7. 7. Some types of metadata • Descriptive metadata • Technical metadata • Structural metadata • Markup languages 3/13/2009 7 IDAH Seminar
  8. 8. How metadata can be used 3/13/2009IDAH Seminar 8
  9. 9. Descriptive metadata • A description of a resource for display to users • Provides the context they need to understand a resource • For discovery ▫ Includes both search and browse ▫ In a controlled environment designed to match target users with interesting resources ▫ Pushed out to the network for others to make use of • Can be both objective and subjective • Usually human-generated 3/13/2009 9 IDAH Seminar
  10. 10. Some possibilities relevant to IDAH projects • Date ▫ That a magic lantern slide or poem was created ▫ That a work was performed • Topic depicted or alluded to in a magic lantern slide • Geographic place associated with a resource or resource creator (map-based interface?) • Language for textual resources (poems!) • Likely browse entry points such as type of magic lantern slide, form of poem, or genre of musical composition • Links to supplementary content ▫ Ephemera ▫ Poet interviews ▫ Original interpretive text and scholarly annotation • How will users find representations of your output on the Web? 3/13/2009IDAH Seminar 10
  11. 11. Descriptive metadata for discovery 3/13/2009IDAH Seminar 11
  12. 12. Descriptive metadata – an example 3/13/2009IDAH Seminar 12
  13. 13. Descriptive metadata – another example 3/13/2009IDAH Seminar 13
  14. 14. Technical metadata • Allows systems to manage and process resources in appropriate ways • Essential for the preservation of digital materials • Generally format-specific • Generally machine-generated • Not the digital resource itself, but essential information required to understand it 3/13/2009IDAH Seminar 14
  15. 15. Some possibilities relevant to IDAH projects • Data from devices ▫ VR display theater tracking system ▫ Data streams between and from performing laptops (including pitch and amplitude data) ▫ Sensors tracking movement or other biological data from performers or participants • CAD data • What data is needed to understand your digital files into the future? 3/13/2009IDAH Seminar 15
  16. 16. Technical metadata example 3/13/2009IDAH Seminar 16
  17. 17. Structural metadata • Describes relationships ▫ Points of interest within a resource ▫ Between parts and wholes ▫ Between different representations of the same content ▫ When resources should be presented in sequence ▫ When resources should be presented in parallel • Often machine generated 3/13/2009 17 IDAH Seminar
  18. 18. Some possibilities relevant to IDAH projects • Multiple views/movement for magic lantern slides • Grouping and sequence of magic lantern slides in sets • Synchronizing a magic lantern slide presentation with audio • Parallel navigation of a poetry reading with a textual transcription • Performance plan vs. audio recording vs. video recording • How will users move within and between resources that your project will provide? 3/13/2009IDAH Seminar 18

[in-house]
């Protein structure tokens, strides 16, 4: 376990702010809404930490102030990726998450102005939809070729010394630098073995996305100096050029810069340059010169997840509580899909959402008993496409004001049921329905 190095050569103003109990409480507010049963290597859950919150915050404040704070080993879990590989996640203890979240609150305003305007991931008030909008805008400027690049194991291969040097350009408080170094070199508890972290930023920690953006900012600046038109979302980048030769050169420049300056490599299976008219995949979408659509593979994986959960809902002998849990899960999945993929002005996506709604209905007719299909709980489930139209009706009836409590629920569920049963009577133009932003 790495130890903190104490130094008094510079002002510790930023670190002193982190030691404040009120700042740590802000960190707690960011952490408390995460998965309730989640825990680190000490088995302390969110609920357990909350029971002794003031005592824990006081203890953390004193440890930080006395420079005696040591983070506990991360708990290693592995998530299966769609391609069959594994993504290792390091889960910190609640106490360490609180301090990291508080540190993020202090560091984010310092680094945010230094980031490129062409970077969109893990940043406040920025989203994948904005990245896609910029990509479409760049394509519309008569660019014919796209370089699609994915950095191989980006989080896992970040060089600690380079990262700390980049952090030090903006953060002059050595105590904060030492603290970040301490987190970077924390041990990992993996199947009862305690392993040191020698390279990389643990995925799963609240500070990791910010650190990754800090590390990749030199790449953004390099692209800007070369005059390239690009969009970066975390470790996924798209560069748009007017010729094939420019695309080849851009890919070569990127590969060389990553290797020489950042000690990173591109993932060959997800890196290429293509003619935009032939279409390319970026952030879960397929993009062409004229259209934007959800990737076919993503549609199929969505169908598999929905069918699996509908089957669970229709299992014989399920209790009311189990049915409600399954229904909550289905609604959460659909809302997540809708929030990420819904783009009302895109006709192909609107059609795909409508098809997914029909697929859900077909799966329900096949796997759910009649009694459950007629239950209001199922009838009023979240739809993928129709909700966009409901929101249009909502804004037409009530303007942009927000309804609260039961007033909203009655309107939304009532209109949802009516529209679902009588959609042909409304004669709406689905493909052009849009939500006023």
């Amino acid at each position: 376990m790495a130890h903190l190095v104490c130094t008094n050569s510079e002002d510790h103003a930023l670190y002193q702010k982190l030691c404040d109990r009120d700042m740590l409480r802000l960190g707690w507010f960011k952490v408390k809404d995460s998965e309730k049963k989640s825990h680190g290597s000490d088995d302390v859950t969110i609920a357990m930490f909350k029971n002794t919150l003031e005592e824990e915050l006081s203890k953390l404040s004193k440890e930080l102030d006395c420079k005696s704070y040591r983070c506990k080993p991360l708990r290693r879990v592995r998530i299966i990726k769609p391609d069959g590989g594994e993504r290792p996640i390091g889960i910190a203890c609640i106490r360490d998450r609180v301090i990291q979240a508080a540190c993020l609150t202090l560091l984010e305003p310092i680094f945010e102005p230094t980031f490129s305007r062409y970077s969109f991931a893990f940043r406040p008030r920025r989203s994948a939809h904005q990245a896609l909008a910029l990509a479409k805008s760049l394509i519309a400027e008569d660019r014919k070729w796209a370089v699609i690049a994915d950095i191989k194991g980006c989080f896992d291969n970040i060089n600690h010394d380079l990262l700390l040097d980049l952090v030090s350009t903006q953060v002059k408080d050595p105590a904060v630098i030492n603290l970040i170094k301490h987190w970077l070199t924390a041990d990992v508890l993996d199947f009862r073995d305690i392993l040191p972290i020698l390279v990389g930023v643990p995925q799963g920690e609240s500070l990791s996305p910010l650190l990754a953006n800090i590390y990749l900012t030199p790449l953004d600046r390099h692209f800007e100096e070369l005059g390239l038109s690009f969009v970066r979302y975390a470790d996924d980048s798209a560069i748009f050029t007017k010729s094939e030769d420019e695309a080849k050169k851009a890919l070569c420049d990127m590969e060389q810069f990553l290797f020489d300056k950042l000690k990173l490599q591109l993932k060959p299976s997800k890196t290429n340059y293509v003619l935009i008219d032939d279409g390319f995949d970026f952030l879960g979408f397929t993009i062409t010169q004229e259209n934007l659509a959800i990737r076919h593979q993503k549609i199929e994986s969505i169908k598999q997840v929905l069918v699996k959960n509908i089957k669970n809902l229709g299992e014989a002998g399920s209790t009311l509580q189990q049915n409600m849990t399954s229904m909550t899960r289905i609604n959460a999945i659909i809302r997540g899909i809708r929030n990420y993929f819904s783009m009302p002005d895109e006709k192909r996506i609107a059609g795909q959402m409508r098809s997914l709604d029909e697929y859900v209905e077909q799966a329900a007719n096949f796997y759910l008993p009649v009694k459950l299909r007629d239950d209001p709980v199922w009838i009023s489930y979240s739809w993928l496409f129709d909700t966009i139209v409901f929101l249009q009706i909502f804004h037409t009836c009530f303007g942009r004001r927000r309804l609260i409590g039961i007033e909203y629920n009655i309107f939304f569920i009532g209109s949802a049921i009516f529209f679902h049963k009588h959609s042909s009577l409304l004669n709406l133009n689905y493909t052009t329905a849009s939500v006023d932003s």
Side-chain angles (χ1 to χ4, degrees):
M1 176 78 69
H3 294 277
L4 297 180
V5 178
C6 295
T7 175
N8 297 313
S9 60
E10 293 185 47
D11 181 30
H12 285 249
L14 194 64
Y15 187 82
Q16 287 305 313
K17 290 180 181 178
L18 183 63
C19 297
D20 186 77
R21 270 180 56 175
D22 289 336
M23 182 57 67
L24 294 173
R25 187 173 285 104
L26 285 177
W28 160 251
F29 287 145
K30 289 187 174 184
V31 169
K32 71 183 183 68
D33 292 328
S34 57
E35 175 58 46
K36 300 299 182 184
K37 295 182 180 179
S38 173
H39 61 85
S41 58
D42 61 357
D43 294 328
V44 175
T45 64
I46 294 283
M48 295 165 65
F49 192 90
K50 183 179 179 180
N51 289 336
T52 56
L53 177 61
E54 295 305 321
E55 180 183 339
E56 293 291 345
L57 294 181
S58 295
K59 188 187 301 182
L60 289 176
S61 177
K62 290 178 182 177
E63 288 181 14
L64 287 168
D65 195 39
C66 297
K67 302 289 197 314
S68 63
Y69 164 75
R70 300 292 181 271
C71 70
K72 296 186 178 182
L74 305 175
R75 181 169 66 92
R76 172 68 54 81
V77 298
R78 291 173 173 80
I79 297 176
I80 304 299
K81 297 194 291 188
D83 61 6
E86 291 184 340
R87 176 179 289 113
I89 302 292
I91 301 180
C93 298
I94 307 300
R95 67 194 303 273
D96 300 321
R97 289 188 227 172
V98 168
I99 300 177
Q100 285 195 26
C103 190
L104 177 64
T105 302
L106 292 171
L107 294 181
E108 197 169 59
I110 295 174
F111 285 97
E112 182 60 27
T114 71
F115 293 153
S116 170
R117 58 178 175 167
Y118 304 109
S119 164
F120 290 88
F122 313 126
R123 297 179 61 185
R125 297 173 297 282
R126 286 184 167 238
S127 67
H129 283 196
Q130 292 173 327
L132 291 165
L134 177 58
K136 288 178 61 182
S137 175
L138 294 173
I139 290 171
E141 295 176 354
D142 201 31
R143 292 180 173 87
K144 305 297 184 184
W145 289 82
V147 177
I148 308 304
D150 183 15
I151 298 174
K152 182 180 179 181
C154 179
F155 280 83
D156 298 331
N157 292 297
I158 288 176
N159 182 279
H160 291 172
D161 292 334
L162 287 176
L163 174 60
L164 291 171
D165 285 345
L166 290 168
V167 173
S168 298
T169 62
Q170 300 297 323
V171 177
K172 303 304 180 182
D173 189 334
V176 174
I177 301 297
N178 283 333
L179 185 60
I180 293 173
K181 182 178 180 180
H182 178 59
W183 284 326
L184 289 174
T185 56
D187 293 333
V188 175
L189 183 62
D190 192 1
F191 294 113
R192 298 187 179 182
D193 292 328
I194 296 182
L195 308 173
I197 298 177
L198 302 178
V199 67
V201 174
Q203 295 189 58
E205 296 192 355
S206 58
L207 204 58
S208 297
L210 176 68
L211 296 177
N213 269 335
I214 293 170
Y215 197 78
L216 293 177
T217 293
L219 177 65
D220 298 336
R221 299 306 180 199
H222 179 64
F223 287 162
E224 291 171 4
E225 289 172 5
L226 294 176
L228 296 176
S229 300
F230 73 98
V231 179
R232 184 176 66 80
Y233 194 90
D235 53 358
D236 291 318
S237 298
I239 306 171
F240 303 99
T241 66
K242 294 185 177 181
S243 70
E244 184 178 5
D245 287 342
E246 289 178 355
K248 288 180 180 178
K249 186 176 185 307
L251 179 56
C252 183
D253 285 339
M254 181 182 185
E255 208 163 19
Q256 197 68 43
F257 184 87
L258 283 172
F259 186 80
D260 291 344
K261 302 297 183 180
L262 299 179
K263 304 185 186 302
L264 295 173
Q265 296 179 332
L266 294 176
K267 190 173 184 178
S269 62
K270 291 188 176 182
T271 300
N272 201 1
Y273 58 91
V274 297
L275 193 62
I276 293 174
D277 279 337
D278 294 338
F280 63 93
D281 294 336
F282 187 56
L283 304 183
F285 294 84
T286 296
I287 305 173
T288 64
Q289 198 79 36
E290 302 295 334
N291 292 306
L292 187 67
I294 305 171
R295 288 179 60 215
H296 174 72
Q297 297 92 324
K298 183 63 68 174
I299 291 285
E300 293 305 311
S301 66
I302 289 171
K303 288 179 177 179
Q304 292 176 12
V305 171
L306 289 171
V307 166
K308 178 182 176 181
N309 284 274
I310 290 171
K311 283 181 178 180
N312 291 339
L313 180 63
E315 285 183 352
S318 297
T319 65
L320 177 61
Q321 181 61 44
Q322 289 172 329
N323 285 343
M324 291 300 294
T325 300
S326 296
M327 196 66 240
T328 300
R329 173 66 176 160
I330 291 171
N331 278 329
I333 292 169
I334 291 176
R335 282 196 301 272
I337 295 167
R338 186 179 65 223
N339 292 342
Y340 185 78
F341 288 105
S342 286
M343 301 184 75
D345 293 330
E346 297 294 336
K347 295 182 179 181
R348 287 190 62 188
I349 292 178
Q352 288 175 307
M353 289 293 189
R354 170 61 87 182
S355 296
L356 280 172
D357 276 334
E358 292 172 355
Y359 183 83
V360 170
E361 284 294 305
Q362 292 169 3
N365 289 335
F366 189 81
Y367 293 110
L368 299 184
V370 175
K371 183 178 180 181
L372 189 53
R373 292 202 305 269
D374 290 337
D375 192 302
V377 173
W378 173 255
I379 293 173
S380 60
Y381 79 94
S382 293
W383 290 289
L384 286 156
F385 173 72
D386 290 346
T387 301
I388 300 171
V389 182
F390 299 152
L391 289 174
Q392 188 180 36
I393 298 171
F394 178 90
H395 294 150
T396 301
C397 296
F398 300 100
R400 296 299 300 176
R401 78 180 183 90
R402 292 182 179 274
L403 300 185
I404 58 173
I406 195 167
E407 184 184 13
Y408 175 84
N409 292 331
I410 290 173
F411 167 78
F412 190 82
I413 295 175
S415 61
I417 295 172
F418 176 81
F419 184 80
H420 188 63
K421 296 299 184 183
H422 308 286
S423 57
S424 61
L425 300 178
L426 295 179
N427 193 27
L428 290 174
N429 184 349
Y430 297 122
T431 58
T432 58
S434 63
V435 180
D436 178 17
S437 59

19. 19. Structural metadata – an example 3/13/2009IDAH Seminar 19
  20. 20. Structural metadata – another example 3/13/2009IDAH Seminar 20
  21. 21. Markup languages • Mix metadata with data (resource content) • Insert flags into arepresentation of the content of a resource, signaling what bits of content are or what they mean • Generally have a “header” with descriptive metadata too • Either human- or machine-generated 3/13/2009 21 IDAH Seminar
  22. 22. Some possibilities relevant to IDAH projects • Markup of the structure of a poem for analysis and navigation • Documenting and preserving musical notation approximating an innovative performance • Do the resources you provide need documentation of their internal structure and meaning? 3/13/2009IDAH Seminar 22
  23. 23. Markup languages – an example 3/13/2009IDAH Seminar 23
  24. 24. Markup languages – another example 3/13/2009IDAH Seminar 24
  25. 25. What next? • What do you want to deliver as an end product to students and researchers? • What from your project is it important to preserve into the future? • How could structured metadata support the goals of your IDAH fellowship project? • How can the metadata creation/use tools and metadata expertise in the DLP help you? Presentation slides: <http://www.dlib.indiana.edu/~jenlrile/presentations/ idah2009/metadata.ppt> 3/13/2009IDAH Seminar 25